Artificial photosynthesis achieved with nanotechnology

Pure awesomeness from MIT:

A team of MIT researchers has found a novel way to mimic the process by which plants use the power of sunlight to split water and make chemical fuel to power their growth.

In this case, the team used a modified virus as a kind of biological scaffold that can assemble the nanoscale components needed to split the hydrogen and oxygen atoms of a water molecule.

Splitting water is one way to solve the basic problem of solar energy: It’s only available when the sun shines. By using sunlight to make hydrogen from water, the hydrogen can then be stored and used at any time to generate electricity using a fuel cell, or to make liquid fuels (or be used directly) for cars and trucks.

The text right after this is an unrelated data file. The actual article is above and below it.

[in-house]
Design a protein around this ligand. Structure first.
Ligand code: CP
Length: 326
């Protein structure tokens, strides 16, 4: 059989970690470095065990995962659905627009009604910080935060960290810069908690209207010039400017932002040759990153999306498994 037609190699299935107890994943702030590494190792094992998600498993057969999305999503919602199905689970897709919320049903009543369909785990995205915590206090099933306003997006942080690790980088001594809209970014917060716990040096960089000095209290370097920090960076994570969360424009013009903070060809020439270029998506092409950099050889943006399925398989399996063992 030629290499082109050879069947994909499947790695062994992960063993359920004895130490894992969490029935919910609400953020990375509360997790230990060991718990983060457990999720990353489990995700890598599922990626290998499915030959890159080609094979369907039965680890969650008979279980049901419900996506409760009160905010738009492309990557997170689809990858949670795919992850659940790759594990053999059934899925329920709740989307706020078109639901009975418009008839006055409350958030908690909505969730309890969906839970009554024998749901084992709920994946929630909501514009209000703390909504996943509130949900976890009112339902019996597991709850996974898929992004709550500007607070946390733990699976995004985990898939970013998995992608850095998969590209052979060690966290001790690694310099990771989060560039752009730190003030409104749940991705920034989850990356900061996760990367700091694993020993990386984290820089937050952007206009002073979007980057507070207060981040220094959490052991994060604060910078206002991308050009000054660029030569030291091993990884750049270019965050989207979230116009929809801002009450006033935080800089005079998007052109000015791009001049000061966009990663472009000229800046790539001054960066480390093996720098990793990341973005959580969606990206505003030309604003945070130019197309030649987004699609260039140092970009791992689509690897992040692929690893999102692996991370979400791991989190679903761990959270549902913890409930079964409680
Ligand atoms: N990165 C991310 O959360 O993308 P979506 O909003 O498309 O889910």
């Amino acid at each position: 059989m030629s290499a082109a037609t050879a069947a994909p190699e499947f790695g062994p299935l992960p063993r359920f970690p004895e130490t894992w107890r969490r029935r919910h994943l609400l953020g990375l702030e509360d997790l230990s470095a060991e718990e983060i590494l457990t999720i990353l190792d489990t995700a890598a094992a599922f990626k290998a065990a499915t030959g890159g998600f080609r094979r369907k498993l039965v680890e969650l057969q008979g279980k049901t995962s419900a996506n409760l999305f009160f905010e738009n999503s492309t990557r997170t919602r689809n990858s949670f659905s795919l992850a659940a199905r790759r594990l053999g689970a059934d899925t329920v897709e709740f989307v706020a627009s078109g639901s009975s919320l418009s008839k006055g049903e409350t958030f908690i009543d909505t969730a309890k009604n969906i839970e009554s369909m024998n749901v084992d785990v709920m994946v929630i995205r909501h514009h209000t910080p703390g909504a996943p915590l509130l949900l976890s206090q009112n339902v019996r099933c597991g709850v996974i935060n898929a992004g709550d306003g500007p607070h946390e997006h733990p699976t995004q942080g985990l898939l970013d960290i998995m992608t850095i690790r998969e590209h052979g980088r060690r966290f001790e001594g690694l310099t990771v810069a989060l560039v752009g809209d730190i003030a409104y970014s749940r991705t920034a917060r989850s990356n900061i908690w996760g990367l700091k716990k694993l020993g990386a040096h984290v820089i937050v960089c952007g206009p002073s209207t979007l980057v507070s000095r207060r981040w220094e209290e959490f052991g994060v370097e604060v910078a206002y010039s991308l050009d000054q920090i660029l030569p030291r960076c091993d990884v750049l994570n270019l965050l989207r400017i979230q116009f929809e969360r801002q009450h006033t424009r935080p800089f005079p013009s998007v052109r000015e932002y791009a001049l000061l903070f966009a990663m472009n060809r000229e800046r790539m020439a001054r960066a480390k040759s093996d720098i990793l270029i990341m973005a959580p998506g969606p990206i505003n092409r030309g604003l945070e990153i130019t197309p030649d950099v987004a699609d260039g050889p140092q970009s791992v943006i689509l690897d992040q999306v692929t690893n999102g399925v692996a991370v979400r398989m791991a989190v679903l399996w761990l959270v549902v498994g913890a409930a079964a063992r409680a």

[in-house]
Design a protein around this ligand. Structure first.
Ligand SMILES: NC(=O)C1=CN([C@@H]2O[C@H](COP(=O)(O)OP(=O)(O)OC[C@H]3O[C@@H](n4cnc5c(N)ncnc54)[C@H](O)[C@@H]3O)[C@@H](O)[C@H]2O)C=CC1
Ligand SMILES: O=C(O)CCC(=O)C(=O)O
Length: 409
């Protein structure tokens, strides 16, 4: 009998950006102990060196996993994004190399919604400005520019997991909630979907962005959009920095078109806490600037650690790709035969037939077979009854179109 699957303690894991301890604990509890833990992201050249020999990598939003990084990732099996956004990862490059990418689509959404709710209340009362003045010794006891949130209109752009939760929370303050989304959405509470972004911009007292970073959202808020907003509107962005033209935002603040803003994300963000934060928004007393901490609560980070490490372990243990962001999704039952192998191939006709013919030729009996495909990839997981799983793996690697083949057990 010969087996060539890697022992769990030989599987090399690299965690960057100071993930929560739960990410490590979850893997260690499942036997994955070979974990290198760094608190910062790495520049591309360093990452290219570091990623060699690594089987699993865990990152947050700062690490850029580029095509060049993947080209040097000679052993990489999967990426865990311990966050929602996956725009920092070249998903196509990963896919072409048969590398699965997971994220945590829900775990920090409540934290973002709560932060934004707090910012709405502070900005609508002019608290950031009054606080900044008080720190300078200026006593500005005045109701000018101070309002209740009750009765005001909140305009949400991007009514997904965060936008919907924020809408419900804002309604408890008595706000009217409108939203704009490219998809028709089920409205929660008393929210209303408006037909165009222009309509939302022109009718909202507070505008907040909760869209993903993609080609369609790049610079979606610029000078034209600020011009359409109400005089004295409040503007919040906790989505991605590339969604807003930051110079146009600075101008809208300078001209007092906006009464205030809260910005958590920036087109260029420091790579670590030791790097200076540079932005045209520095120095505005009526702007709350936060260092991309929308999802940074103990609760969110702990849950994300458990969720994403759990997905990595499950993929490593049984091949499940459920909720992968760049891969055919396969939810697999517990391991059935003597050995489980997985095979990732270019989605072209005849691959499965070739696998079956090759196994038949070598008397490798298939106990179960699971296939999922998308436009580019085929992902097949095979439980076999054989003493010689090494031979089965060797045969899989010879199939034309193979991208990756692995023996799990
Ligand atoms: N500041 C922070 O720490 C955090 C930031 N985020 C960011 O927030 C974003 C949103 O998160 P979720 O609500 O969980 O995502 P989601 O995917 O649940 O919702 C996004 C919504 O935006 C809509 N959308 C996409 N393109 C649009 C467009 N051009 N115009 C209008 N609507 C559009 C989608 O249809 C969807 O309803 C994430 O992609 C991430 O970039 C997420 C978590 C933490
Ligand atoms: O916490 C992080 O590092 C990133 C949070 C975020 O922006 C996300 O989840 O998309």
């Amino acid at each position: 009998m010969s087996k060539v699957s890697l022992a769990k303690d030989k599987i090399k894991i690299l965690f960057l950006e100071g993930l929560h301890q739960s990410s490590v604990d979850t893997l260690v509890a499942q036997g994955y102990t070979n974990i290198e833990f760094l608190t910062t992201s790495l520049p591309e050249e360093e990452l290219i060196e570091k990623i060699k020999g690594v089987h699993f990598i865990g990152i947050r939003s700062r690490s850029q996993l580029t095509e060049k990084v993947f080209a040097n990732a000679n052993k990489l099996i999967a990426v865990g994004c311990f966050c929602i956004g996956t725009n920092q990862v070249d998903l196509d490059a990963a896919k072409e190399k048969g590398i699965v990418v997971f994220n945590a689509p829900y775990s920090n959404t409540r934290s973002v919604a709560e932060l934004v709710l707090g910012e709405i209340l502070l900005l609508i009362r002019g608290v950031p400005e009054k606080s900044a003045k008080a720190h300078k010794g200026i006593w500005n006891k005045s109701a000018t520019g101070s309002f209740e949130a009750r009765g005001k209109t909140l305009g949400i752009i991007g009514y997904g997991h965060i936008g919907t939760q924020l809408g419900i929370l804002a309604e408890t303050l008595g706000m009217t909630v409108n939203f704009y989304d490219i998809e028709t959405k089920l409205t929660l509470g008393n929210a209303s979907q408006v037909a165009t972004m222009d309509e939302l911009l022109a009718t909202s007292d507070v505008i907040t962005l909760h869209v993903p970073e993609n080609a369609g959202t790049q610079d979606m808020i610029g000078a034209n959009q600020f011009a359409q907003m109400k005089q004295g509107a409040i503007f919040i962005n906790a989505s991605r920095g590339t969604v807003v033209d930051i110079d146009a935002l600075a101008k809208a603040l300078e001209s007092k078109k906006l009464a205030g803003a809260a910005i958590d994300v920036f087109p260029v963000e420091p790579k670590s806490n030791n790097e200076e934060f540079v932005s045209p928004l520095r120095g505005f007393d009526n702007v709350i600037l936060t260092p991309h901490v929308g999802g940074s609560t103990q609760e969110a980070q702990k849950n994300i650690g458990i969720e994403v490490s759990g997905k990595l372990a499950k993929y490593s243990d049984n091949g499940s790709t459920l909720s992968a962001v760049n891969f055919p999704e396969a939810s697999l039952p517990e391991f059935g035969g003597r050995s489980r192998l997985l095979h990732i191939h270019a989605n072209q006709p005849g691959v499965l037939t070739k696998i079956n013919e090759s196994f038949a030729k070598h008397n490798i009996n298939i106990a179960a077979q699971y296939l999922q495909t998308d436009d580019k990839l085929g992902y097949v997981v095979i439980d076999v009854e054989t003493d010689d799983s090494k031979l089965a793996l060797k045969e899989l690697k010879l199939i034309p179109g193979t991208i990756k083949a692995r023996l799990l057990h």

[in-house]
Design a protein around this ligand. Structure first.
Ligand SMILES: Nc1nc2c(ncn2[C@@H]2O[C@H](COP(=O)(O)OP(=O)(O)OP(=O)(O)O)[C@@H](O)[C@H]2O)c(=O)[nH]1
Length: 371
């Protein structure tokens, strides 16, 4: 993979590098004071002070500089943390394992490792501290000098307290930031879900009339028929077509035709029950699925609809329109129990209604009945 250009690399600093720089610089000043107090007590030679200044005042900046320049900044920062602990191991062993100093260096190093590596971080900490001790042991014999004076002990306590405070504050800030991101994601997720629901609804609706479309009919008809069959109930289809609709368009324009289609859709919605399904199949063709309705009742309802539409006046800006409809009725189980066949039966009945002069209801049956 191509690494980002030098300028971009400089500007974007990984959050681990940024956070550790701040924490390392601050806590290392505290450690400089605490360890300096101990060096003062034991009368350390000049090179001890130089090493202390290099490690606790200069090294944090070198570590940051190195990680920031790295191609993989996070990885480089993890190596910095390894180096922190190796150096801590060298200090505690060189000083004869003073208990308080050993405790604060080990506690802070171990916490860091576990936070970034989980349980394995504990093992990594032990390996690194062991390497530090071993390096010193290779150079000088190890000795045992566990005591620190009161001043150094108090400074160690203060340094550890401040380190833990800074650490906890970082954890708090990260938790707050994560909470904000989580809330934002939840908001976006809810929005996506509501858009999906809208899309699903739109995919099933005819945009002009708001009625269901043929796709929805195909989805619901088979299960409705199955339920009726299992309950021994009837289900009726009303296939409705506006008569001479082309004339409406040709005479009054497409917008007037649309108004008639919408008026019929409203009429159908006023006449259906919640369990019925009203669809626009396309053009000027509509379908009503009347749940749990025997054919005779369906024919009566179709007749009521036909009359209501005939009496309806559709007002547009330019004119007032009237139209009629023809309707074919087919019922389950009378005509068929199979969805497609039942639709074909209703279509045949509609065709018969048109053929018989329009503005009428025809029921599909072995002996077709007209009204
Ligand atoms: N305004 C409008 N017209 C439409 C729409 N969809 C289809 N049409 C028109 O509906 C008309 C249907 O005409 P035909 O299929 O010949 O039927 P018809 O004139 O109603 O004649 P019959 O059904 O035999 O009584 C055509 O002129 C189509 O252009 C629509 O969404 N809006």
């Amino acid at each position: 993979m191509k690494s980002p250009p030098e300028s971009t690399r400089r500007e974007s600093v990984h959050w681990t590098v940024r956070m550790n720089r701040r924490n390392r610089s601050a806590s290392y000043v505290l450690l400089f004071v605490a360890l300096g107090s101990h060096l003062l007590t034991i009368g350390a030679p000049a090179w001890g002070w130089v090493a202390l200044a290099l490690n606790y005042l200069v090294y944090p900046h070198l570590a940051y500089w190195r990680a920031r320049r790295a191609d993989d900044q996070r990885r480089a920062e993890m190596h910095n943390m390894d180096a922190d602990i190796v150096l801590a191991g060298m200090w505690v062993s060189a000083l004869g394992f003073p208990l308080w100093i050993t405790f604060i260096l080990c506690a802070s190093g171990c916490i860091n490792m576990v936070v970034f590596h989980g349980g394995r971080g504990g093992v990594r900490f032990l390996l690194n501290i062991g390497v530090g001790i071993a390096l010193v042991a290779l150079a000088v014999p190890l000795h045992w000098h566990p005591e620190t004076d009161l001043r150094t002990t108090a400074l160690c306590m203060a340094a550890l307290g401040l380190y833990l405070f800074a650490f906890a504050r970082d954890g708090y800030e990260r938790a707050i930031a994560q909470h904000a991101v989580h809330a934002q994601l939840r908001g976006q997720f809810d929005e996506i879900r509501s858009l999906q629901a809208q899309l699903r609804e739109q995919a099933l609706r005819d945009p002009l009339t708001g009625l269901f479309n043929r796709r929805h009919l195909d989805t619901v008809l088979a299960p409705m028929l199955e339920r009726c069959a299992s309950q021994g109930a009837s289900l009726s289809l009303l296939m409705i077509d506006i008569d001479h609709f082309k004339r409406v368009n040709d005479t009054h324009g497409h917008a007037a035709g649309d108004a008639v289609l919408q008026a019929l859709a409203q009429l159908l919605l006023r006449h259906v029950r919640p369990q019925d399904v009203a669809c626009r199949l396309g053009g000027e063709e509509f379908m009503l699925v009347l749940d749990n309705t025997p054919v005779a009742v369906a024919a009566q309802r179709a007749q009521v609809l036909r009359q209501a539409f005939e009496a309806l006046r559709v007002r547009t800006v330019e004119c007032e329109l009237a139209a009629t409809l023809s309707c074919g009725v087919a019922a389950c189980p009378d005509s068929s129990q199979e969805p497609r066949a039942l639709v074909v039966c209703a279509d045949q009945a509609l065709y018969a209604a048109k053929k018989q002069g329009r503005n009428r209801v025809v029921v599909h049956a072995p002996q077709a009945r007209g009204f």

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One response to “Artificial photosynthesis achieved with nanotechnology

  1. Pingback: Artificial photosynthesis achieved with nanotechnology and a virus | Technoccult

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